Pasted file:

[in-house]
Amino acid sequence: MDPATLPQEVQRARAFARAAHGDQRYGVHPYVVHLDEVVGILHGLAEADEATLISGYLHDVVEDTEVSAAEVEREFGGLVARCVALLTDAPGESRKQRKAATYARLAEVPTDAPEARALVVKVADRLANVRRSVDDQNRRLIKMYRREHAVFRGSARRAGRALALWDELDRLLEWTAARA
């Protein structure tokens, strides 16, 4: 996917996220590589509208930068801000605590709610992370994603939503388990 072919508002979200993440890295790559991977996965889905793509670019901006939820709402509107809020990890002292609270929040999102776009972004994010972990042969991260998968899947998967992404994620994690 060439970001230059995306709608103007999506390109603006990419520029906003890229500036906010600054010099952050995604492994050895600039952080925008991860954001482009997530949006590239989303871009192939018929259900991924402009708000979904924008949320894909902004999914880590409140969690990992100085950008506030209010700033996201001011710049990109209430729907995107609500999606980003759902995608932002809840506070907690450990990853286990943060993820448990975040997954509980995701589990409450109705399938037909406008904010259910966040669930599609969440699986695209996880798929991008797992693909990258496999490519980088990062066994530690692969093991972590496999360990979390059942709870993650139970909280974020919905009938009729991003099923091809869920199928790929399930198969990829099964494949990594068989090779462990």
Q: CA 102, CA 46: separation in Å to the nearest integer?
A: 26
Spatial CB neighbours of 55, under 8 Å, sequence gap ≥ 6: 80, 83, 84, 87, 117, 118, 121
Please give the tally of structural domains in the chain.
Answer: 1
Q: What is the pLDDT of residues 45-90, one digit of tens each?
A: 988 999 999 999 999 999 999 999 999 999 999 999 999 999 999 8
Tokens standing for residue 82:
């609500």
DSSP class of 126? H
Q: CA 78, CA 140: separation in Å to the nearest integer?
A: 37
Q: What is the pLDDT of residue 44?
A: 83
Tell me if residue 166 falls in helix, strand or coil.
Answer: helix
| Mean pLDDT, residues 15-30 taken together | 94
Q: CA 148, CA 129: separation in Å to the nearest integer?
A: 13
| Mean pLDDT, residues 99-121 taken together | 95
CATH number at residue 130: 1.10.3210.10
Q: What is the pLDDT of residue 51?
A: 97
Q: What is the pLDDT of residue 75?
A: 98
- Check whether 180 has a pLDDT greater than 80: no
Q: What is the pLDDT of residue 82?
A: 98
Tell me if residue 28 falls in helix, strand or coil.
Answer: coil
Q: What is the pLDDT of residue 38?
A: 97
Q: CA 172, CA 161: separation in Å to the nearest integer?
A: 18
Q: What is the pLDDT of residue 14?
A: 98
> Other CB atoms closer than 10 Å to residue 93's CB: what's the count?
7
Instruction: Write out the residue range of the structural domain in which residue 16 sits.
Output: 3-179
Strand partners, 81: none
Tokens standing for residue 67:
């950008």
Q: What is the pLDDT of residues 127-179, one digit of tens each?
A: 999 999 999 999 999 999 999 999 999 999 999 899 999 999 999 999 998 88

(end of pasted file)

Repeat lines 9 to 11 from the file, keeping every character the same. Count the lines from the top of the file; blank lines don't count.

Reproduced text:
Q: What is the pLDDT of residues 45-90, one digit of tens each?
A: 988 999 999 999 999 999 999 999 999 999 999 999 999 999 999 8
Tokens standing for residue 82: